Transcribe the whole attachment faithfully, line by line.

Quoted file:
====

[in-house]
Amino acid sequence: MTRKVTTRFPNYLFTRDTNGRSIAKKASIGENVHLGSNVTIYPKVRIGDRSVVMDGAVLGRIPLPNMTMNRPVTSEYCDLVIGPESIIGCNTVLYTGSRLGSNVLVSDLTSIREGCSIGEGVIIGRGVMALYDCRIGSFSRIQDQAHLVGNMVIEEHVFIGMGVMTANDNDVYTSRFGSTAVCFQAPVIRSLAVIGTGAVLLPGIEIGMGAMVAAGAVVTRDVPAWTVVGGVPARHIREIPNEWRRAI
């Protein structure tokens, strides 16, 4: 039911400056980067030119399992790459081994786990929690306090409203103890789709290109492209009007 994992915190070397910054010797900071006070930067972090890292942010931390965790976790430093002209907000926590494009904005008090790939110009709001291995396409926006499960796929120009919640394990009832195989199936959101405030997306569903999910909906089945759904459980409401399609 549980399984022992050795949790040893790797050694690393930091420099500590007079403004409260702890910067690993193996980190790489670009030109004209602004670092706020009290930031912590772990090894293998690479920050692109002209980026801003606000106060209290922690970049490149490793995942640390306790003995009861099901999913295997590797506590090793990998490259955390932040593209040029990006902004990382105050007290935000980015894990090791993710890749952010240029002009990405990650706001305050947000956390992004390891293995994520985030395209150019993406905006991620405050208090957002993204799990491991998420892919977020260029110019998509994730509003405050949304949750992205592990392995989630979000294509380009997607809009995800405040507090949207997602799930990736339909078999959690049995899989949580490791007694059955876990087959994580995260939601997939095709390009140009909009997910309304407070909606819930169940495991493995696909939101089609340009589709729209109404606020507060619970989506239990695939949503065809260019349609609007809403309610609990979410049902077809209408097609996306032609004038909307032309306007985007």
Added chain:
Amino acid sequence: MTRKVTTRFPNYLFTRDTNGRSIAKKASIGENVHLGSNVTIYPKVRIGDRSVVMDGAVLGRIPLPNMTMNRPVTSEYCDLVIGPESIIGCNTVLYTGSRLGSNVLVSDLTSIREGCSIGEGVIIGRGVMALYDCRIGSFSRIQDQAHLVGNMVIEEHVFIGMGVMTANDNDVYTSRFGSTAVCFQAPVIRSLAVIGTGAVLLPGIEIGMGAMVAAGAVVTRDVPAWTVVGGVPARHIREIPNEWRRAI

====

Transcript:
[in-house]
Amino acid sequence: MTRKVTTRFPNYLFTRDTNGRSIAKKASIGENVHLGSNVTIYPKVRIGDRSVVMDGAVLGRIPLPNMTMNRPVTSEYCDLVIGPESIIGCNTVLYTGSRLGSNVLVSDLTSIREGCSIGEGVIIGRGVMALYDCRIGSFSRIQDQAHLVGNMVIEEHVFIGMGVMTANDNDVYTSRFGSTAVCFQAPVIRSLAVIGTGAVLLPGIEIGMGAMVAAGAVVTRDVPAWTVVGGVPARHIREIPNEWRRAI
């Protein structure tokens, strides 16, 4: 039911400056980067030119399992790459081994786990929690306090409203103890789709290109492209009007 994992915190070397910054010797900071006070930067972090890292942010931390965790976790430093002209907000926590494009904005008090790939110009709001291995396409926006499960796929120009919640394990009832195989199936959101405030997306569903999910909906089945759904459980409401399609 549980399984022992050795949790040893790797050694690393930091420099500590007079403004409260702890910067690993193996980190790489670009030109004209602004670092706020009290930031912590772990090894293998690479920050692109002209980026801003606000106060209290922690970049490149490793995942640390306790003995009861099901999913295997590797506590090793990998490259955390932040593209040029990006902004990382105050007290935000980015894990090791993710890749952010240029002009990405990650706001305050947000956390992004390891293995994520985030395209150019993406905006991620405050208090957002993204799990491991998420892919977020260029110019998509994730509003405050949304949750992205592990392995989630979000294509380009997607809009995800405040507090949207997602799930990736339909078999959690049995899989949580490791007694059955876990087959994580995260939601997939095709390009140009909009997910309304407070909606819930169940495991493995696909939101089609340009589709729209109404606020507060619970989506239990695939949503065809260019349609609007809403309610609990979410049902077809209408097609996306032609004038909307032309306007985007």
Added chain:
Amino acid sequence: MTRKVTTRFPNYLFTRDTNGRSIAKKASIGENVHLGSNVTIYPKVRIGDRSVVMDGAVLGRIPLPNMTMNRPVTSEYCDLVIGPESIIGCNTVLYTGSRLGSNVLVSDLTSIREGCSIGEGVIIGRGVMALYDCRIGSFSRIQDQAHLVGNMVIEEHVFIGMGVMTANDNDVYTSRFGSTAVCFQAPVIRSLAVIGTGAVLLPGIEIGMGAMVAAGAVVTRDVPAWTVVGGVPARHIREIPNEWRRAI